Immunocytochemical localization of the neural-specific regulatory subunit of the type II cyclic AMP-dependent protein kinase to postsynaptic structures in the rat brain

Nandor Ludvig, Charles E. Ribak, John D. Scott, Charles S. Rubin

Research output: Contribution to journalArticle

37 Scopus citations


The cellular and subcellular distribution of a major cyclic AMP binding protein in the central nervous system, the neural-specific regulatory subunit of the type II cyclic AMP-dependent protein kinase (RII-B), was analyzed in rat brains with light and electron microscopic immunocytochemical methods. The distribution of the non-neural isoform of the regulatory subunit of the enzyme (RII-H) was also analyzed. It was found that RII-B immunoreactivity was predominantly localized to neurons whereas glial and endothelial cells were unlabeled. In the neurons the RII-B immunoreactivity occurred in the perikaryal cytoplasm and in the dendrites; there was no significant accumulation of immunoreaction product in nuclei, myelinated axons and axon terminals. Although immunoreactivity was never detected in axon terminals, it was characteristically associated with the postsynaptic densities and the surrounding non-synaptic sites in somata, dendrites and dendritic spines. The localization of RII-B antigenic sites did not show specificity to any type of neuron or synapse, but the amount of immunoreactivity varied. The distribution of RII-H immunoreactivity was similar to that of RII-B except that RII-H immunoreaction product was also observed in glial cells and occurred more frequently in myelinated axons. Our data confirm that RII-B is one of the major cyclic AMP binding proteins in neurons, and provide morphological support for the involvement of the type II cyclic AMP-dependent protein kinase in postsynaptic neural functions.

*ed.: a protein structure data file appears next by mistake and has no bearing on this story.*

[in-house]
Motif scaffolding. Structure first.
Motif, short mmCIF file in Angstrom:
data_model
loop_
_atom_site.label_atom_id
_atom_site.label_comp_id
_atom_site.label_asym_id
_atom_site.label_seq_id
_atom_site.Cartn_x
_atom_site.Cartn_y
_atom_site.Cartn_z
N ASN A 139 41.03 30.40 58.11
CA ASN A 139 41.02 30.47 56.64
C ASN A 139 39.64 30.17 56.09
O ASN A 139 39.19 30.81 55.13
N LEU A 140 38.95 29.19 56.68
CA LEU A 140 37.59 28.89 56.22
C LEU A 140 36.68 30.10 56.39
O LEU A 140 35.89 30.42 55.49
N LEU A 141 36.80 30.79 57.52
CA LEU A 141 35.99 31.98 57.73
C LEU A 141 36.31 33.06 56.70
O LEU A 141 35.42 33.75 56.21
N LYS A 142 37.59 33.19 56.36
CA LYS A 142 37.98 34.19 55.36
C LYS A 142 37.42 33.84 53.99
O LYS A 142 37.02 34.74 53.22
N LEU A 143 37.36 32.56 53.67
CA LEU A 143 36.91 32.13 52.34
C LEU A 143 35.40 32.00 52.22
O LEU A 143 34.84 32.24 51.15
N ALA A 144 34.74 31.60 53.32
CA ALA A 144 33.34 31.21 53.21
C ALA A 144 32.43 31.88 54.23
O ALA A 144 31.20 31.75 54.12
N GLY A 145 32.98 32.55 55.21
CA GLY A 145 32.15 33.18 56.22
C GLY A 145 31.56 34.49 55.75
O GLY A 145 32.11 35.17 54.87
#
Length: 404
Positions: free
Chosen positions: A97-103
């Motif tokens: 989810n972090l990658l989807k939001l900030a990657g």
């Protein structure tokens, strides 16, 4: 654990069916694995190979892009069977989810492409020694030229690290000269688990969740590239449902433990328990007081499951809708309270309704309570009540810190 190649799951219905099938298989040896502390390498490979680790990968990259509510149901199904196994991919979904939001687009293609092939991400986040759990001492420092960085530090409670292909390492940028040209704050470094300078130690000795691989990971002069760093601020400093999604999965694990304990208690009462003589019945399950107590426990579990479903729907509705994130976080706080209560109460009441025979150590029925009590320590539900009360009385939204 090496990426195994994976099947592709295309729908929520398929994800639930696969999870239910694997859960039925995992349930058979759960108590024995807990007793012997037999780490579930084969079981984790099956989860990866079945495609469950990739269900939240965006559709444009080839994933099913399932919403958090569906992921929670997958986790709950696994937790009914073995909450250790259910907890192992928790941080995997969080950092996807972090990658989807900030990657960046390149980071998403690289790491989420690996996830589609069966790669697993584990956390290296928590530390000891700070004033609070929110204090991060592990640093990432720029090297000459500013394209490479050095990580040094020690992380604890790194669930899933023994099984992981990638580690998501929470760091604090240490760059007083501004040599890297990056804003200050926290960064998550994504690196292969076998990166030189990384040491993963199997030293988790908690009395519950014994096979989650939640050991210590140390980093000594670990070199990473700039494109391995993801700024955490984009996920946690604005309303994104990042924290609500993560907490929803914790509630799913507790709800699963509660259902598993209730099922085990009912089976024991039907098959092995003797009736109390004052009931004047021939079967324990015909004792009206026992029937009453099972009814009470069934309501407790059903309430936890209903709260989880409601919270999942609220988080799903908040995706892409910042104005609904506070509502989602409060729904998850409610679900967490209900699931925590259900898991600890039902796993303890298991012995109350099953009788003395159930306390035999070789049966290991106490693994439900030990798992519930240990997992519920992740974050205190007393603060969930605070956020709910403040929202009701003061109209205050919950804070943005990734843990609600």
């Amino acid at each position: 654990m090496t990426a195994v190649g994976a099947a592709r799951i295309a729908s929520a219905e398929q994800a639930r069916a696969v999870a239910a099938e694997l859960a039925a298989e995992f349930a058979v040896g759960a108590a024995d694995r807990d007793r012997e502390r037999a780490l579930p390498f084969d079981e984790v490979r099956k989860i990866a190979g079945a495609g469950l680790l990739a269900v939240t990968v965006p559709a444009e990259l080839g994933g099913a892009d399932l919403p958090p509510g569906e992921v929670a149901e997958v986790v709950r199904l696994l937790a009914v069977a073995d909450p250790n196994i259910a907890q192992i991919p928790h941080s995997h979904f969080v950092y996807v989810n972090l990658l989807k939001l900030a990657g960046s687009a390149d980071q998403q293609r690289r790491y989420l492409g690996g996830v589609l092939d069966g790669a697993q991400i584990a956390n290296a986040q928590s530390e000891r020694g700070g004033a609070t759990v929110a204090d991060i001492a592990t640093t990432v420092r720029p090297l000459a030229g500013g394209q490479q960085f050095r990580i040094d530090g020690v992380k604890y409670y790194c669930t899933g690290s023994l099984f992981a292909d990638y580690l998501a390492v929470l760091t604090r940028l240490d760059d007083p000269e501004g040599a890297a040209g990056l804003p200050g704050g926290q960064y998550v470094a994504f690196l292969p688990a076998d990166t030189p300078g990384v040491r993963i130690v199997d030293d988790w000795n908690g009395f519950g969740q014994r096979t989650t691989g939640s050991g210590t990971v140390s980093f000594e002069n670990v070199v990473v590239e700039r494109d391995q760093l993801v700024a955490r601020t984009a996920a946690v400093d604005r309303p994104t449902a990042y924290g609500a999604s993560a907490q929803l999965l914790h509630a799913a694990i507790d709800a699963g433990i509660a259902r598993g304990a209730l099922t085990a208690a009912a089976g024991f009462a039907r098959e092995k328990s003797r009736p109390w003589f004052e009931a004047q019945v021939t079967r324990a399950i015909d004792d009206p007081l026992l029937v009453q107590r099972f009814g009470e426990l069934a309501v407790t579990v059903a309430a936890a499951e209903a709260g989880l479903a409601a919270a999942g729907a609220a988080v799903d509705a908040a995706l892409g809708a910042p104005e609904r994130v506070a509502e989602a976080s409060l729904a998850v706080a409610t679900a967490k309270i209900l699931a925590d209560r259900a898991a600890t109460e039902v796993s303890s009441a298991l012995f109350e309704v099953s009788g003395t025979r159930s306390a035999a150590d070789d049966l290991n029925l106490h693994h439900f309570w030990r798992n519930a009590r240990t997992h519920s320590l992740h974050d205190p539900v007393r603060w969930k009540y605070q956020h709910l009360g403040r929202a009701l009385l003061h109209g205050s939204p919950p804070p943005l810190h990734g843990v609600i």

Original languageEnglish (US)
Pages (from-to)90-102
Number of pages13
JournalBrain Research
Issue number1-2
Publication statusPublished - Jun 18 1990



  • Cyclic adenosine monophosphate
  • Electron microscopy
  • Immunocytochemistry
  • Postsynaptic site
  • Protein kinase
  • Regulatory subunit

ASJC Scopus subject areas

  • Neuroscience(all)
  • Molecular Biology
  • Clinical Neurology
  • Developmental Biology

Cite this